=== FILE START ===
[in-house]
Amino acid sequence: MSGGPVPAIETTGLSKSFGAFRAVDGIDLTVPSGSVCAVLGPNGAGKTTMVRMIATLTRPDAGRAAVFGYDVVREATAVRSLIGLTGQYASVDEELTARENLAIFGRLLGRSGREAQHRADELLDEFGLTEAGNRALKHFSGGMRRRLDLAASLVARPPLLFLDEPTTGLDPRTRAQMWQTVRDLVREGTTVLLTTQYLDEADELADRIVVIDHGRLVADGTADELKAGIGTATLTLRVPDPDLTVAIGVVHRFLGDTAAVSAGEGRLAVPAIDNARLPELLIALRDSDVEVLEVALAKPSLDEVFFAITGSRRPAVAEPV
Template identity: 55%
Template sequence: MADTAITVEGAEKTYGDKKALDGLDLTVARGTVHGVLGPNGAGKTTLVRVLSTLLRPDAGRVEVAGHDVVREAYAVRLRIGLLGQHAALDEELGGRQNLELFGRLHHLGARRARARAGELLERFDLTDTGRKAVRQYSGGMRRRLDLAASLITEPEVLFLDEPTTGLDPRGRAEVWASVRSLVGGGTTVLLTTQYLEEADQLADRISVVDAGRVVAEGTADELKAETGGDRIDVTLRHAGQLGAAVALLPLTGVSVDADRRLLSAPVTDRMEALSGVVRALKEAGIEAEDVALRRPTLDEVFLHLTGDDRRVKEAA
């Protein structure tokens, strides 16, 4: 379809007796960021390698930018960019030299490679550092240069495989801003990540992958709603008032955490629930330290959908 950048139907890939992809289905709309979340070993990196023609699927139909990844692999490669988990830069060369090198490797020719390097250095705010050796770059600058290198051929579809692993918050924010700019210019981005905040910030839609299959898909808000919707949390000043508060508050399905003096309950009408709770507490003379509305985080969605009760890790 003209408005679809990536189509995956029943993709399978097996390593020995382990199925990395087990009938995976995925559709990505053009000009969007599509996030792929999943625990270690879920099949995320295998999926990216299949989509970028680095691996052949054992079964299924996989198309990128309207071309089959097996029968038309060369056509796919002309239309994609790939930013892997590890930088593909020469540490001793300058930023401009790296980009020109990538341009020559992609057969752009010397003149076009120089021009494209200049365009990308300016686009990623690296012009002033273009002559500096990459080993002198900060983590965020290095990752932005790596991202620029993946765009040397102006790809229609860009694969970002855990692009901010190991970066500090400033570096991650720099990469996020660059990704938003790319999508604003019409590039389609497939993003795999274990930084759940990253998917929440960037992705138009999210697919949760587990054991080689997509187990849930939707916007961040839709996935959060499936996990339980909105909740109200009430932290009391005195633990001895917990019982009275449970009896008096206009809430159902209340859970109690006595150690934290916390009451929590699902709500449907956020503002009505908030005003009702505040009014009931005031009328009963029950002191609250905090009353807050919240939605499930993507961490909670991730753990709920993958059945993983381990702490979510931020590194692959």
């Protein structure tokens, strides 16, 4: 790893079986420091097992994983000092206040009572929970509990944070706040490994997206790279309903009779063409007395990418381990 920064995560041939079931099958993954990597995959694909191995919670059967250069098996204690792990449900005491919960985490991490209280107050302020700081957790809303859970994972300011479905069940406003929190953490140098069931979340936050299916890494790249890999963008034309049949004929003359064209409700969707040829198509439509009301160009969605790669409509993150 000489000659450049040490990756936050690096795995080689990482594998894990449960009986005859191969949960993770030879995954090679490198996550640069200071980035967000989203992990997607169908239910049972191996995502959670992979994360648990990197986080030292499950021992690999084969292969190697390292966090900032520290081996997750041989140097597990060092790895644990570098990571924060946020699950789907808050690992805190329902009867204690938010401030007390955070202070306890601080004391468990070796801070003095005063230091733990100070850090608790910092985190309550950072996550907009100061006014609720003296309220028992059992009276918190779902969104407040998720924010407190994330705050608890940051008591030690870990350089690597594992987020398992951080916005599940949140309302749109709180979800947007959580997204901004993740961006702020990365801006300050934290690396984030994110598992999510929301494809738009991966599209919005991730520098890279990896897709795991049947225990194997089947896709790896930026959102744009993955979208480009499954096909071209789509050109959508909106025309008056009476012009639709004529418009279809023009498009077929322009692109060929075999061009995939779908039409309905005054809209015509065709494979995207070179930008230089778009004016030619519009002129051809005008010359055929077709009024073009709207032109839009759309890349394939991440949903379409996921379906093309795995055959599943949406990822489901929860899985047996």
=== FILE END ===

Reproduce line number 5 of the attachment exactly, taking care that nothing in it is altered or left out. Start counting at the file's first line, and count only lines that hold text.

């Protein structure tokens, strides 16, 4: 379809007796960021390698930018960019030299490679550092240069495989801003990540992958709603008032955490629930330290959908 950048139907890939992809289905709309979340070993990196023609699927139909990844692999490669988990830069060369090198490797020719390097250095705010050796770059600058290198051929579809692993918050924010700019210019981005905040910030839609299959898909808000919707949390000043508060508050399905003096309950009408709770507490003379509305985080969605009760890790 003209408005679809990536189509995956029943993709399978097996390593020995382990199925990395087990009938995976995925559709990505053009000009969007599509996030792929999943625990270690879920099949995320295998999926990216299949989509970028680095691996052949054992079964299924996989198309990128309207071309089959097996029968038309060369056509796919002309239309994609790939930013892997590890930088593909020469540490001793300058930023401009790296980009020109990538341009020559992609057969752009010397003149076009120089021009494209200049365009990308300016686009990623690296012009002033273009002559500096990459080993002198900060983590965020290095990752932005790596991202620029993946765009040397102006790809229609860009694969970002855990692009901010190991970066500090400033570096991650720099990469996020660059990704938003790319999508604003019409590039389609497939993003795999274990930084759940990253998917929440960037992705138009999210697919949760587990054991080689997509187990849930939707916007961040839709996935959060499936996990339980909105909740109200009430932290009391005195633990001895917990019982009275449970009896008096206009809430159902209340859970109690006595150690934290916390009451929590699902709500449907956020503002009505908030005003009702505040009014009931005031009328009963029950002191609250905090009353807050919240939605499930993507961490909670991730753990709920993958059945993983381990702490979510931020590194692959």